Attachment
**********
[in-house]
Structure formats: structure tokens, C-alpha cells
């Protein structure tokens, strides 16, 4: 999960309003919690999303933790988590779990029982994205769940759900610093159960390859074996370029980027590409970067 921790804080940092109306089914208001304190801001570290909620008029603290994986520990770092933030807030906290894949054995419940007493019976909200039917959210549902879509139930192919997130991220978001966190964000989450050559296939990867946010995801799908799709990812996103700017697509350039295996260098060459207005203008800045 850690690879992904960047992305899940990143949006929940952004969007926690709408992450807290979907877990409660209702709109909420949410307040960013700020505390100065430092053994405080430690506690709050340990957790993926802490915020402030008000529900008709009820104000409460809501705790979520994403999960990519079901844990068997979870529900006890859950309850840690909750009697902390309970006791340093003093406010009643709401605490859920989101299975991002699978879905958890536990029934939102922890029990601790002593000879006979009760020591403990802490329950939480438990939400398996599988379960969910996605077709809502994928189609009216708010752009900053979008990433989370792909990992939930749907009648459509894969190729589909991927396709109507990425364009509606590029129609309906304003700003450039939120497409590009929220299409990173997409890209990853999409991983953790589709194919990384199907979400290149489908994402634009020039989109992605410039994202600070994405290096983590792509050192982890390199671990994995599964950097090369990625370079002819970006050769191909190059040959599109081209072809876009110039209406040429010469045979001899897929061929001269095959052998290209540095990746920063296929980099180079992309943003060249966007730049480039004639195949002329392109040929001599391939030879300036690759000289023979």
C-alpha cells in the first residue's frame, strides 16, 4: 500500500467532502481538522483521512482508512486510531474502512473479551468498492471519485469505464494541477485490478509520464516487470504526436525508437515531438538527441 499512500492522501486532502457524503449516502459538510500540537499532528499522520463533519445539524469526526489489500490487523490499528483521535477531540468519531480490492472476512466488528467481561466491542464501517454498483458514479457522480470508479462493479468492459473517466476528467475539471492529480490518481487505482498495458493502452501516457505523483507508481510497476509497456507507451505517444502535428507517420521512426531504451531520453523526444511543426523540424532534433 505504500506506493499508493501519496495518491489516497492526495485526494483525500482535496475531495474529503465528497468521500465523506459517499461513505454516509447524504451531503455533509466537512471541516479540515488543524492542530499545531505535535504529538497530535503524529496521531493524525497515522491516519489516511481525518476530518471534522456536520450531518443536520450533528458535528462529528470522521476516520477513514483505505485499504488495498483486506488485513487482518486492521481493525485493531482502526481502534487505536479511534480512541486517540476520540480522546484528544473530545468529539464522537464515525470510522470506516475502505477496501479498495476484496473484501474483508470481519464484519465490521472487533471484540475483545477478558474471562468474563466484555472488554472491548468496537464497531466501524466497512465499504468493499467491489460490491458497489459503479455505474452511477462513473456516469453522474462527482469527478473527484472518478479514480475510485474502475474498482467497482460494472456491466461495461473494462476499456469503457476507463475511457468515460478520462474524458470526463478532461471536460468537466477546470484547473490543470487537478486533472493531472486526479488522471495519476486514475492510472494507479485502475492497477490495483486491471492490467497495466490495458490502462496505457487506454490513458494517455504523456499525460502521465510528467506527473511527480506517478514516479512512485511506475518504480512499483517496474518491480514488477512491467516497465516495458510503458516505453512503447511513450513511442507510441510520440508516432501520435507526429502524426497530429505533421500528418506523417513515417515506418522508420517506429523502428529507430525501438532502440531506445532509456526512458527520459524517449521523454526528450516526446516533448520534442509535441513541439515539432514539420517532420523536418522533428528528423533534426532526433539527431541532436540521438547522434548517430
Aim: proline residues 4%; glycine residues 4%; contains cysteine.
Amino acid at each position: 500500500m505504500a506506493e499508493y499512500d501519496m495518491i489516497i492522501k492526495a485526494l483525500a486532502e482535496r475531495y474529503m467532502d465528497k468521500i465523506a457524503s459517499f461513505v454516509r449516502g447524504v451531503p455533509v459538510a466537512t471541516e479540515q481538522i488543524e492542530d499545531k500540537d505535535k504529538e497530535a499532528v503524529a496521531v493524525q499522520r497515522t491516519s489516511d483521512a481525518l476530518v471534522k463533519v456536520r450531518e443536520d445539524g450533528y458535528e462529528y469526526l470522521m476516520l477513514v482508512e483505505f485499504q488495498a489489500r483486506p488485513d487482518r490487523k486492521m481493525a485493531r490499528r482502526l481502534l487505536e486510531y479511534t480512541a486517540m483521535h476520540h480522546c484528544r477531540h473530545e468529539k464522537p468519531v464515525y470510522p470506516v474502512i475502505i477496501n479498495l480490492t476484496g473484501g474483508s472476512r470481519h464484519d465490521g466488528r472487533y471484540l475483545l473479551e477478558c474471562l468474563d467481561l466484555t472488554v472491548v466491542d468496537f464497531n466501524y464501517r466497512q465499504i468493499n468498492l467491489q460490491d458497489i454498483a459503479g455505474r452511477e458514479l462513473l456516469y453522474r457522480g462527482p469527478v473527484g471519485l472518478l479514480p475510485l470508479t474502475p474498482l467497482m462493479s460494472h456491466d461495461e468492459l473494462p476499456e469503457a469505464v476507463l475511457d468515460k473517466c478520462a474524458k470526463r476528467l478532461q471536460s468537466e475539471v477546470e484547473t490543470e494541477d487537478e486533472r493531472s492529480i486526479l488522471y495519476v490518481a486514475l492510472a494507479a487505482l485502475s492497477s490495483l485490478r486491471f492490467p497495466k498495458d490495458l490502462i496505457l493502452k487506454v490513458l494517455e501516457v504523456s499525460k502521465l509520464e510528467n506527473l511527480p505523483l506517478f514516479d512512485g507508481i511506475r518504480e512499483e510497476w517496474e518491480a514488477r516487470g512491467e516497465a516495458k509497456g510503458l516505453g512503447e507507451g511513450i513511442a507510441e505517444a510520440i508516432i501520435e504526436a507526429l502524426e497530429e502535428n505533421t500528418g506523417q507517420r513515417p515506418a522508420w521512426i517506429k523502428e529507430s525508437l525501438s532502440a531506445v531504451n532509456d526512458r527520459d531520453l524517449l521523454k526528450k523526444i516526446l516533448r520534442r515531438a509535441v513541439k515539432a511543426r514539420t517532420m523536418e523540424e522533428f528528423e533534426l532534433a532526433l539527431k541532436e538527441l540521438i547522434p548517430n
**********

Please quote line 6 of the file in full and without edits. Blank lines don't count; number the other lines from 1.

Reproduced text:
Amino acid at each position: 500500500m505504500a506506493e499508493y499512500d501519496m495518491i489516497i492522501k492526495a485526494l483525500a486532502e482535496r475531495y474529503m467532502d465528497k468521500i465523506a457524503s459517499f461513505v454516509r449516502g447524504v451531503p455533509v459538510a466537512t471541516e479540515q481538522i488543524e492542530d499545531k500540537d505535535k504529538e497530535a499532528v503524529a496521531v493524525q499522520r497515522t491516519s489516511d483521512a481525518l476530518v471534522k463533519v456536520r450531518e443536520d445539524g450533528y458535528e462529528y469526526l470522521m476516520l477513514v482508512e483505505f485499504q488495498a489489500r483486506p488485513d487482518r490487523k486492521m481493525a485493531r490499528r482502526l481502534l487505536e486510531y479511534t480512541a486517540m483521535h476520540h480522546c484528544r477531540h473530545e468529539k464522537p468519531v464515525y470510522p470506516v474502512i475502505i477496501n479498495l480490492t476484496g473484501g474483508s472476512r470481519h464484519d465490521g466488528r472487533y471484540l475483545l473479551e477478558c474471562l468474563d467481561l466484555t472488554v472491548v466491542d468496537f464497531n466501524y464501517r466497512q465499504i468493499n468498492l467491489q460490491d458497489i454498483a459503479g455505474r452511477e458514479l462513473l456516469y453522474r457522480g462527482p469527478v473527484g471519485l472518478l479514480p475510485l470508479t474502475p474498482l467497482m462493479s460494472h456491466d461495461e468492459l473494462p476499456e469503457a469505464v476507463l475511457d468515460k473517466c478520462a474524458k470526463r476528467l478532461q471536460s468537466e475539471v477546470e484547473t490543470e494541477d487537478e486533472r493531472s492529480i486526479l488522471y495519476v490518481a486514475l492510472a494507479a487505482l485502475s492497477s490495483l485490478r486491471f492490467p497495466k498495458d490495458l490502462i496505457l493502452k487506454v490513458l494517455e501516457v504523456s499525460k502521465l509520464e510528467n506527473l511527480p505523483l506517478f514516479d512512485g507508481i511506475r518504480e512499483e510497476w517496474e518491480a514488477r516487470g512491467e516497465a516495458k509497456g510503458l516505453g512503447e507507451g511513450i513511442a507510441e505517444a510520440i508516432i501520435e504526436a507526429l502524426e497530429e502535428n505533421t500528418g506523417q507517420r513515417p515506418a522508420w521512426i517506429k523502428e529507430s525508437l525501438s532502440a531506445v531504451n532509456d526512458r527520459d531520453l524517449l521523454k526528450k523526444i516526446l516533448r520534442r515531438a509535441v513541439k515539432a511543426r514539420t517532420m523536418e523540424e522533428f528528423e533534426l532534433a532526433l539527431k541532436e538527441l540521438i547522434p548517430n